The landscape for governors' races over the next two years is remarkably different from the starkly red and blue ideological universe in which Congress operates.
In Kentucky and West Virginia, both conservative states, Democratic governors up for reelection this year are in surprisingly strong position. In Washington state, which has the longest streak in the country of electing Democratic governors, Republicans are optimistic about scoring a pickup.
On paper, Kentucky's Steve Beshear and West Virginia's Earl Ray Tomblin shouldn't have it easy: Both are Democrats governing states hit hard by the recession with unemployment rates above the national average. These also are places where voters view the Obama administration very unfavorably. But at this point, it would take a major upset for Republicans to defeat them.
GOP officials are already close to writing off Kentucky, frustrated with a weak nominee in state Senate President David Williams. No negative ads have yet run against him, but his approval rating is underwater and he trails by more than 20 points in two polls. Even with an early advertising buy from the Republican Governors Association on Williams's behalf, the race is shaping up to be a blowout.
The Democratic successes in Kentucky and West Virginia speak to how effectively Beshear and Tomblin have developed their own brands, separate from the national party's. Both have defended the coal industry in their states against environmental regulations from Washington; both support gun rights; and both connect culturally with rural, Appalachian voters.
That's gone a long way in inoculating them from their states' economic struggles. In Kentucky, Republican Williams has been trying to tie the governor to President Obama and federal issues. No such luck. And, as state Senate president, Williams can't contrast himself as an outsider—the strategy behind Republican Rand Paul's surprisingly successful insurgent U.S. Senate campaign last year.
Recent allegations that Beshear's campaign pressured state employees to donate to his campaign could dent his lead. But even Williams's supporters doubt that it's a game-changer.
The story is similar in West Virginia. Tomblin, who became acting governor after Joe Manchin was elected to the Senate, is cut from the same conservative cloth as his predecessor. In the primary, Tomblin won endorsements from the Chamber of Commerce, the National Rifle Association, and West Virginia's right-to-life lobby.
Republicans nominated a wealthy businessman, Bill Maloney, who's capable of spending some of his own money on the race. Few West Virginians know him yet, and his résumé is intriguing: He owns the company that devised the plan to save the trapped Chilean miners.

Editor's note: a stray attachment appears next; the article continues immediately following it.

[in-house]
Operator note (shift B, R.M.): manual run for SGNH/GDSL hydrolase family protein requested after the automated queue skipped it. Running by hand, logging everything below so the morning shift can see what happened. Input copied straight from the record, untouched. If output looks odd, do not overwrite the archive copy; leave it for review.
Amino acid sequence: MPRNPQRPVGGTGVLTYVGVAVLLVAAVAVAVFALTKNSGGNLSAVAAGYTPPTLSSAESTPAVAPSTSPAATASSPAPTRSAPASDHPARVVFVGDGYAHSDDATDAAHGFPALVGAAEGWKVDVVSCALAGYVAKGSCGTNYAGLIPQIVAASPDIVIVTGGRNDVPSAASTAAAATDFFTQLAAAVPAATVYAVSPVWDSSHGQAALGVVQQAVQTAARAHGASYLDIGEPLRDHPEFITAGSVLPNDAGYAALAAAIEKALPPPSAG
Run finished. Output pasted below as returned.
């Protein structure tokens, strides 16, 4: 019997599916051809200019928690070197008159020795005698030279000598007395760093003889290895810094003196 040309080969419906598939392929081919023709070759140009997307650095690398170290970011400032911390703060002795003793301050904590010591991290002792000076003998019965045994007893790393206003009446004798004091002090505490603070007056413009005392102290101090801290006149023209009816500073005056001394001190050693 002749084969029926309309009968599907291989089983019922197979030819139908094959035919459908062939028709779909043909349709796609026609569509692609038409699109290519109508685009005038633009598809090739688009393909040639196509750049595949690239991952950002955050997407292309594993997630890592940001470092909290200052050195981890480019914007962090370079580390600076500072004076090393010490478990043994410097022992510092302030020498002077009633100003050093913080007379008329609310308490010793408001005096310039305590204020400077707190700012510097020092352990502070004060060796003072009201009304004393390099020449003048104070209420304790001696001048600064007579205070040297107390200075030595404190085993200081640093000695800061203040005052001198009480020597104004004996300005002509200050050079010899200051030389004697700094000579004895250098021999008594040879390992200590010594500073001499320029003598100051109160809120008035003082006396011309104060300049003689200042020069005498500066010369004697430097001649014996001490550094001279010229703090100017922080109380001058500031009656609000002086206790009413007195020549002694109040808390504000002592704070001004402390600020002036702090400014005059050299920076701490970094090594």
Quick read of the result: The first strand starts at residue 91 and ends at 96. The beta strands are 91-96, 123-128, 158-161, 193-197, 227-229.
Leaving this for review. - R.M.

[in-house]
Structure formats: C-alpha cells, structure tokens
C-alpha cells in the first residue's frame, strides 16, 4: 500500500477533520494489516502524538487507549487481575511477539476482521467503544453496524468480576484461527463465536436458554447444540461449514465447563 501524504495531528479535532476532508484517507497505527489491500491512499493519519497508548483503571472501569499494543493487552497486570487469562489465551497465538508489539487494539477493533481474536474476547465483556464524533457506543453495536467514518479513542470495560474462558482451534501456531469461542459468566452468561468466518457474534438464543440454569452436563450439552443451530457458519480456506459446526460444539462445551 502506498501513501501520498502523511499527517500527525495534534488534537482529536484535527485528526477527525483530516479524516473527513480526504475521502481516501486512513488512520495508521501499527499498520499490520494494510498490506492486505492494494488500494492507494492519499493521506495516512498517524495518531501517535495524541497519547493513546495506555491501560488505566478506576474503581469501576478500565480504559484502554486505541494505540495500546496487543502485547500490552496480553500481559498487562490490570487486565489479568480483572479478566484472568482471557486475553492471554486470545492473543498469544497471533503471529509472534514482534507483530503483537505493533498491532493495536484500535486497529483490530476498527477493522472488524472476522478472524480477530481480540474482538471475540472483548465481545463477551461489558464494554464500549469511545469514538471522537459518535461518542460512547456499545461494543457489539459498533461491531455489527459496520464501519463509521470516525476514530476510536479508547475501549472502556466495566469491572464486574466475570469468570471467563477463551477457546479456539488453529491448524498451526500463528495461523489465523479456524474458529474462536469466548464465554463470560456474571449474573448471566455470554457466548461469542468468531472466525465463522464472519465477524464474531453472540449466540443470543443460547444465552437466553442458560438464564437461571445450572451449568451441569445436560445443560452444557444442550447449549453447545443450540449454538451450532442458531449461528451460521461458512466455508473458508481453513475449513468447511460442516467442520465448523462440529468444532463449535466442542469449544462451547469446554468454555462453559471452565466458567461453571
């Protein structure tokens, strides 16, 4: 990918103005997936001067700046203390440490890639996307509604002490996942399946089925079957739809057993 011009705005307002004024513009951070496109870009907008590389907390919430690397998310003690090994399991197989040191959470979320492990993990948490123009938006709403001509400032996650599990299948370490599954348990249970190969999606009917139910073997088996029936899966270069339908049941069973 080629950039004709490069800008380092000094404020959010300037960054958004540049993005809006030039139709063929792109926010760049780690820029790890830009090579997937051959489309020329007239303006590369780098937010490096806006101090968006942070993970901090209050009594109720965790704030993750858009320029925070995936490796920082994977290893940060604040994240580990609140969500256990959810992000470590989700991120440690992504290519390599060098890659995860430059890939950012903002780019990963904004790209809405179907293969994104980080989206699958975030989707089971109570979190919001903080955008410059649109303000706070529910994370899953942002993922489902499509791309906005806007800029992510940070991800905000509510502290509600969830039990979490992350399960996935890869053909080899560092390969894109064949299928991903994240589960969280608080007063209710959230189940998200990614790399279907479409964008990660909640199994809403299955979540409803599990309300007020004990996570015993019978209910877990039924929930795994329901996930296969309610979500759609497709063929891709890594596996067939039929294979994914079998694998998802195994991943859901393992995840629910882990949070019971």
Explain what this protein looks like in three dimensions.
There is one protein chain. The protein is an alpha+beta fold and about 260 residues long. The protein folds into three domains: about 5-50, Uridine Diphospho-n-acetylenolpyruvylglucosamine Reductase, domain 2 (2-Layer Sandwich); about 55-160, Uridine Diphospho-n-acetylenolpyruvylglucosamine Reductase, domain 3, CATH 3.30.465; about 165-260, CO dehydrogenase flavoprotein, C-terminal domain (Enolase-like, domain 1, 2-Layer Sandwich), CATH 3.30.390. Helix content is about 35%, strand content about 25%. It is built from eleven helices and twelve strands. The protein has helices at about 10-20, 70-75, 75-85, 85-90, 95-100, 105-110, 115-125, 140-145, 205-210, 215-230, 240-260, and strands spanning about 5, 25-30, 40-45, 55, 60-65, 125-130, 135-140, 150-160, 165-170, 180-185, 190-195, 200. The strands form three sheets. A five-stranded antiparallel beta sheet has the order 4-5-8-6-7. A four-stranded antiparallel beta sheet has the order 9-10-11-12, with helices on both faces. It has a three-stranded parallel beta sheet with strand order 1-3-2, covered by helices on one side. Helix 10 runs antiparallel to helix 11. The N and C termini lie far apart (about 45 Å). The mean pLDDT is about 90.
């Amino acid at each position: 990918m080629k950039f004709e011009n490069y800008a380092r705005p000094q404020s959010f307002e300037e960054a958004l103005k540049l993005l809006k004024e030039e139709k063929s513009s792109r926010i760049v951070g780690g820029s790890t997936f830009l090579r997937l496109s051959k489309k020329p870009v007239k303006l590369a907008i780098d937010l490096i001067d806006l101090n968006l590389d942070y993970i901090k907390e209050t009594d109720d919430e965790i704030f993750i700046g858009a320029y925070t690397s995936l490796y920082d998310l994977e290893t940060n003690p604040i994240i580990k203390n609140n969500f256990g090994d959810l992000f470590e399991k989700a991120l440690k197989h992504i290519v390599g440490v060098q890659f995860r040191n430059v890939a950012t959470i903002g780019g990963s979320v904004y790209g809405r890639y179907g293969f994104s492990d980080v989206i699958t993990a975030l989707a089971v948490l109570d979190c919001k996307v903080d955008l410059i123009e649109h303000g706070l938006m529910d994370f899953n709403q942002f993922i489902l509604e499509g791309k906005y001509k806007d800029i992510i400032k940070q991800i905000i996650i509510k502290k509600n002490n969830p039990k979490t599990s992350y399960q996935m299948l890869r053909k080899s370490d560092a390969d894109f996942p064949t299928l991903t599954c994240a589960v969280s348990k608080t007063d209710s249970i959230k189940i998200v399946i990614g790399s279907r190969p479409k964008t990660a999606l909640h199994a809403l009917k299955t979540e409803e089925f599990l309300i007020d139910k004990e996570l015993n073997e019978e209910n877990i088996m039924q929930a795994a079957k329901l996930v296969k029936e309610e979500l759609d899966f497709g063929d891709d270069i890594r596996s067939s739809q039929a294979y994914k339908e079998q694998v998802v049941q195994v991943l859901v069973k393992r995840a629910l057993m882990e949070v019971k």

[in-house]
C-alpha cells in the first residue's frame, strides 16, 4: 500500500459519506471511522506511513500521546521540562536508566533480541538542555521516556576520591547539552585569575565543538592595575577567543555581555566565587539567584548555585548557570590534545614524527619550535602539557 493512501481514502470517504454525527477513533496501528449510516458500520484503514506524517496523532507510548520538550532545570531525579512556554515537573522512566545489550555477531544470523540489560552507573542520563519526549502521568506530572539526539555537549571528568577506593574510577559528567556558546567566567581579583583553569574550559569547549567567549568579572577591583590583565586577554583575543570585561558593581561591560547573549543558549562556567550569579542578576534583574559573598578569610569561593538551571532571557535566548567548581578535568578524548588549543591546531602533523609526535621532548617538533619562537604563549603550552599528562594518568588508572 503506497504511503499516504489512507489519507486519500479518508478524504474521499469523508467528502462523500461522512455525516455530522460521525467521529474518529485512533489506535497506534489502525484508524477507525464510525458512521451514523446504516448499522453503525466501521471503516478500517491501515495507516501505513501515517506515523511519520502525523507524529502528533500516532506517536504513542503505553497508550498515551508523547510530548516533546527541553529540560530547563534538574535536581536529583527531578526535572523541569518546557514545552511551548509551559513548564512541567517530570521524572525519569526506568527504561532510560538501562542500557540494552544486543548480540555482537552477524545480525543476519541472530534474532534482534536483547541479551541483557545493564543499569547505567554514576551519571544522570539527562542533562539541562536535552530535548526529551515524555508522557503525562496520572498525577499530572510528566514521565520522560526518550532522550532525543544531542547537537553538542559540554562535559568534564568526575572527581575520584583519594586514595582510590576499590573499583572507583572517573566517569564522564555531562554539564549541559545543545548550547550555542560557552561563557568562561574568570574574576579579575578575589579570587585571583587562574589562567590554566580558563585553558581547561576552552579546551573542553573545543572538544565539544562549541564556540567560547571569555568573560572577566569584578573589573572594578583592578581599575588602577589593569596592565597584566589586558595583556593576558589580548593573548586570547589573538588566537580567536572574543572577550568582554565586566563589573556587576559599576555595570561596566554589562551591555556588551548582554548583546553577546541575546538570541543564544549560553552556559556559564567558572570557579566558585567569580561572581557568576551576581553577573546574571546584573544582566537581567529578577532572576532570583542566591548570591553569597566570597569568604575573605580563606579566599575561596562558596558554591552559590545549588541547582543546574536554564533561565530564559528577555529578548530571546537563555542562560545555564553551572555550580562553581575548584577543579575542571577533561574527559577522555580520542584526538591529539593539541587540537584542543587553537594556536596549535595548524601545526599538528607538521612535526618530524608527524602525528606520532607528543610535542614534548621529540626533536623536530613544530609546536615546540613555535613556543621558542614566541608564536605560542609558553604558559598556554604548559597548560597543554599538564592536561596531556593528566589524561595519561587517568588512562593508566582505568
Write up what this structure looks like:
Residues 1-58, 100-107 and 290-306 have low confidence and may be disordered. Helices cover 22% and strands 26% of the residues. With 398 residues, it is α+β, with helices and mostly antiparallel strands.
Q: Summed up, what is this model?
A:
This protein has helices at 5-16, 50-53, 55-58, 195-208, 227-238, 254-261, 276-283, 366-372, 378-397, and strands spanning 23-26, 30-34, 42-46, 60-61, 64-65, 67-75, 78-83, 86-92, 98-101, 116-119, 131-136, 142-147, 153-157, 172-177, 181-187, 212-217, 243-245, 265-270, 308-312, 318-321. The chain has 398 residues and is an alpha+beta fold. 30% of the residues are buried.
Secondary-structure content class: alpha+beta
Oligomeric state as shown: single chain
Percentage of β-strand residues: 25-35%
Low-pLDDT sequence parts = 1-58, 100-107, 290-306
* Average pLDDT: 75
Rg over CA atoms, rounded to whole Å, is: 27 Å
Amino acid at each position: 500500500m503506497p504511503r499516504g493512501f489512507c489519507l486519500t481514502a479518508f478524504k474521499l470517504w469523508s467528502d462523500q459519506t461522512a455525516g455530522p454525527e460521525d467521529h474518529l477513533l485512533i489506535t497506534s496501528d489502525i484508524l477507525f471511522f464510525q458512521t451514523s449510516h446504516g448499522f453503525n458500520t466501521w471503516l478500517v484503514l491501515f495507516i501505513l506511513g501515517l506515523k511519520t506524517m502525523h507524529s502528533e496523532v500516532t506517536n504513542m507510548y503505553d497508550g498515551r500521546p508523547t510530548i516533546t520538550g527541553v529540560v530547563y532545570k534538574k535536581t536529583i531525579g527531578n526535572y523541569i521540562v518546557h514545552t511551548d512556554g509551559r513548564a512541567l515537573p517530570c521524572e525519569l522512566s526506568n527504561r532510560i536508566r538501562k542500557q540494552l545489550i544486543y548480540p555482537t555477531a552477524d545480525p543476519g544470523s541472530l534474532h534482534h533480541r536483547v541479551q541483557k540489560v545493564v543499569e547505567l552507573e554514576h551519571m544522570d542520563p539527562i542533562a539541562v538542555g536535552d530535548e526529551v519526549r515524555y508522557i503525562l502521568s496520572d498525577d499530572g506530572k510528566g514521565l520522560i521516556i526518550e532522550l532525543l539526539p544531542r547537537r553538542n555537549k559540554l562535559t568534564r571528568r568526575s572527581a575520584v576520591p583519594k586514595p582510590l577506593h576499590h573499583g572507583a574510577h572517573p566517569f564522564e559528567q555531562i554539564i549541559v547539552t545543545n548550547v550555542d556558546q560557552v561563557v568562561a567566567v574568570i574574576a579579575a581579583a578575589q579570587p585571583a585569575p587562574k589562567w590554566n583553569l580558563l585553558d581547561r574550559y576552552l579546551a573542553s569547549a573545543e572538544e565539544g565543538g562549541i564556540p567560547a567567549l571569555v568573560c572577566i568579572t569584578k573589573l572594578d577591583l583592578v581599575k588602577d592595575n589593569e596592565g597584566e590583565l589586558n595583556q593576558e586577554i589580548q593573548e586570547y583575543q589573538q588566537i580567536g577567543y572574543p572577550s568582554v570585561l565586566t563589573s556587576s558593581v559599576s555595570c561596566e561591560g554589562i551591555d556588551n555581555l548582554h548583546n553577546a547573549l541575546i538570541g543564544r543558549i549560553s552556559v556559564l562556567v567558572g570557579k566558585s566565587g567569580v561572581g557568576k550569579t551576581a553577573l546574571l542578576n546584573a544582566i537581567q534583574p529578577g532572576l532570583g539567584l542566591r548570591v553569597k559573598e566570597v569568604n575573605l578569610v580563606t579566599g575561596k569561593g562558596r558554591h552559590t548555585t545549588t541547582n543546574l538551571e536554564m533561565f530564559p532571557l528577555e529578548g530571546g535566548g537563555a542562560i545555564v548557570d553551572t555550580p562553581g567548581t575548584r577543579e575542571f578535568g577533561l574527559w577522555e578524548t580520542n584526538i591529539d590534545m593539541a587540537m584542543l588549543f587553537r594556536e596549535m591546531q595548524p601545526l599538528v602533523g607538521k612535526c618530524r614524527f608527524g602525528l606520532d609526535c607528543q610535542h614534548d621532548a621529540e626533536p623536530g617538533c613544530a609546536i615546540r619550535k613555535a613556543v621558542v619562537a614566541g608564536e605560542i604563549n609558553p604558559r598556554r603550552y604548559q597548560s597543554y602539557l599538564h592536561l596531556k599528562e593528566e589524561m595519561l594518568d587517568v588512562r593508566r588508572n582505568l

But Republicans may have seen their best opportunity in the race evaporate in the primary. They hoped that Democrats would nominate one of Tomblin's more liberal challengers, who would have been less acceptable to the state's blue-collar electorate.
The GOP, meanwhile, has all but locked up the two off-year contests in Louisiana and Mississippi. Gov. Bobby Jindal, R-La., isn't even facing a credible Democratic opponent, with three months before the election. His success speaks to his stewardship of the state, post-Hurricane Katrina, and to the state's ever-increasing Republican leanings.
Looking ahead to 2012, only a few of the 11 governors' races appear competitive. Washington state, Missouri, and North Carolina are all potential GOP pickups. Only the Indiana governor's race gives Democrats an outside shot at winning.
The race in Washington to succeed retiring Gov. Christine Gregoire is shaping up as the most compelling gubernatorial contest of the cycle.
Strategists from both parties expect this race to be very close, with Rep. Jay Inslee, the Democratic nominee, benefiting from presidential-level turnout. But Republicans are hoping that Attorney General Rob McKenna, who sports a moderate profile with a record of success winning in the Seattle suburbs, can reverse the 30-year Republican curse in the state.
In North Carolina, Democrat Bev Perdue is the most vulnerable governor. Every poll conducted in the last year shows her trailing Republican Pat McCrory, a former mayor of Charlotte.
But Gov. Jay Nixon, D-Mo., appears to be in solid shape for reelection against Lt. Gov. Peter Kinder.
There's plenty of time left, but Missouri's race is developing on a parallel track to the one in Kentucky—with a Democratic governor running ahead of the odds in a Republican-leaning state, thanks to his charisma and likability and his opponent's early stumbles.
It offers yet another reminder that governors' races are about a personal comfort level with the candidates. That truism is giving Democrats some optimism in what otherwise is shaping up to be a difficult year.
This article appears in the August 3, 2011, edition of NJ Daily.